Dr Jack Wilson is a Lecturer in English Language in the School of Arts and Media and the leader of the creativity theme within the Institute of Dementia. This position involves coordinating research and other activities at the interface of creative practice and dementia research. Jack is currently developing ways to bring dementia awareness into the undergraduate curriculum of degrees within the School of Arts and Media.
As an academic, Jack is building on the success of the events hosted by the Institute of Dementia during Dementia Action Week 2018 to further promote a ‘dementia-friendly country’. His current research uses big data to explore media and social media representations of dementia. He hopes that this work can be used to explore and change the (social-) media discourse surrounding dementia and promote a positive image of people with dementia.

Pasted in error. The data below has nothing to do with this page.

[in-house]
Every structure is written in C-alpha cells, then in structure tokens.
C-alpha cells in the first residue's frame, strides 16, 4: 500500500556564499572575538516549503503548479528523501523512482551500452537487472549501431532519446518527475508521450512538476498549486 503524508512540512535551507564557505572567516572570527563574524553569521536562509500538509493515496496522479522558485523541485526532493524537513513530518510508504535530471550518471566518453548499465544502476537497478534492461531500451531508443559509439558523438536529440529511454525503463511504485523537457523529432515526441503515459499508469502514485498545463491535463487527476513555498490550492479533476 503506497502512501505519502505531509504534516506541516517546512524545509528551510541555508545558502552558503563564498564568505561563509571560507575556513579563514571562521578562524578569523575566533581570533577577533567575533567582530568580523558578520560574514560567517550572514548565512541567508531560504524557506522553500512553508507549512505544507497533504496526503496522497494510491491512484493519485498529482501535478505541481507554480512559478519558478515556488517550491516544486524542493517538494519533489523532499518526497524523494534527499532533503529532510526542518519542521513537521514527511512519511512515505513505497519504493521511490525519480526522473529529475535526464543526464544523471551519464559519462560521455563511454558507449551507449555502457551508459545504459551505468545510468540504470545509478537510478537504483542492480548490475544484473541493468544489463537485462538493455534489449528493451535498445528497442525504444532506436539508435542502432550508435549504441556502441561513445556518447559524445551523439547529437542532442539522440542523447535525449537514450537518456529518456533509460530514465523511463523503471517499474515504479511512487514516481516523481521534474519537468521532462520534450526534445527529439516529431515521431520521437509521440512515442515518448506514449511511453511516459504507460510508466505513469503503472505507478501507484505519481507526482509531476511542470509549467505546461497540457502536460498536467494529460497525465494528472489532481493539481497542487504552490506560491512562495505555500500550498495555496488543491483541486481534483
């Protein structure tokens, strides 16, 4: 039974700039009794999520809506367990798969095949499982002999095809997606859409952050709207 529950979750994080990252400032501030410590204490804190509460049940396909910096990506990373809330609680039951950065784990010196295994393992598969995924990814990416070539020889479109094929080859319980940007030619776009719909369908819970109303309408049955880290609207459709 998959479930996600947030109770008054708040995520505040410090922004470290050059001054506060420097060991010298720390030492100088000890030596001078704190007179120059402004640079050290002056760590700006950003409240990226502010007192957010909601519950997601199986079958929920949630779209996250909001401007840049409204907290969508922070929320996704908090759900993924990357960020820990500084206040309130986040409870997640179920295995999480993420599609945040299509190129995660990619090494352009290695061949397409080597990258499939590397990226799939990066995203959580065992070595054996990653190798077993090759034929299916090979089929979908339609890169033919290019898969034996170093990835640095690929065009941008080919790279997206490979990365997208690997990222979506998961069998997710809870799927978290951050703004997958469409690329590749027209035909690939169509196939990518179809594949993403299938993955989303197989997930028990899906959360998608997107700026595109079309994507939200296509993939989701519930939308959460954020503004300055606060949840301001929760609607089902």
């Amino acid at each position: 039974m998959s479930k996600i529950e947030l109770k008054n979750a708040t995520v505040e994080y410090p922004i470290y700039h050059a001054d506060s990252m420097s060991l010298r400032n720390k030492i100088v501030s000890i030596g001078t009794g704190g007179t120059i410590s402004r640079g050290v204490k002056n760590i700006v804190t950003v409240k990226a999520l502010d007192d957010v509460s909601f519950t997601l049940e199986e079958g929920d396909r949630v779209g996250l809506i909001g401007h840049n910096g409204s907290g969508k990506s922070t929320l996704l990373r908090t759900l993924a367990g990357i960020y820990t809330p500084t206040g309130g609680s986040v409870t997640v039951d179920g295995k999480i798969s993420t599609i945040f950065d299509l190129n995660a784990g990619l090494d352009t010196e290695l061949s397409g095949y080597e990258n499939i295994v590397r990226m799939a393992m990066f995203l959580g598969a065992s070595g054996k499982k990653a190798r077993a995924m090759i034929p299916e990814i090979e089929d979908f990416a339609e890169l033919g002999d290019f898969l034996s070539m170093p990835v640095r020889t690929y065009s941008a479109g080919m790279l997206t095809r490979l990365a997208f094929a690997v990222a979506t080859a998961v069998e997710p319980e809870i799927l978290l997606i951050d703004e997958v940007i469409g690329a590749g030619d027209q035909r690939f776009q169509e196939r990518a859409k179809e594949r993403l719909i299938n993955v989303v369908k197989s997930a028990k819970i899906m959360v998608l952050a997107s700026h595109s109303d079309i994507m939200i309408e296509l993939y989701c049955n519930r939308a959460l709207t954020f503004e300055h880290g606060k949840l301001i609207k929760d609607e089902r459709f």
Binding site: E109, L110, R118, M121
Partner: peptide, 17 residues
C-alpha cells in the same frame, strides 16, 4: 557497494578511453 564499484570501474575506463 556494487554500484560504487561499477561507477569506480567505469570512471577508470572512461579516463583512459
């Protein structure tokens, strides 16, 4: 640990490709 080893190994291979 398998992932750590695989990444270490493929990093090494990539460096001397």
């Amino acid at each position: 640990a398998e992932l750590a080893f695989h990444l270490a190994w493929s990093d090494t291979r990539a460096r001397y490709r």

Dr Lydia Morris
Dr Lydia Morris has over 10 years’ experience of clinical practice and research in Salford and Greater Manchester. In the past 6 years she has focused on research developing psychological interventions. She is trained as a Clinical Psychologist (ClinPsyD) and has also completed a research PhD (both at the University of Manchester).
She is committed to developing effective and conceptually-driven interventions that develop services and better meet people's’ needs.
She is currently working as a Research Fellow on the Empowered Conversations project, in partnership with Six Degrees Social Enterprise, developing and evaluating communication training for carers of people living with dementia.
Dr Sarah Kate Smith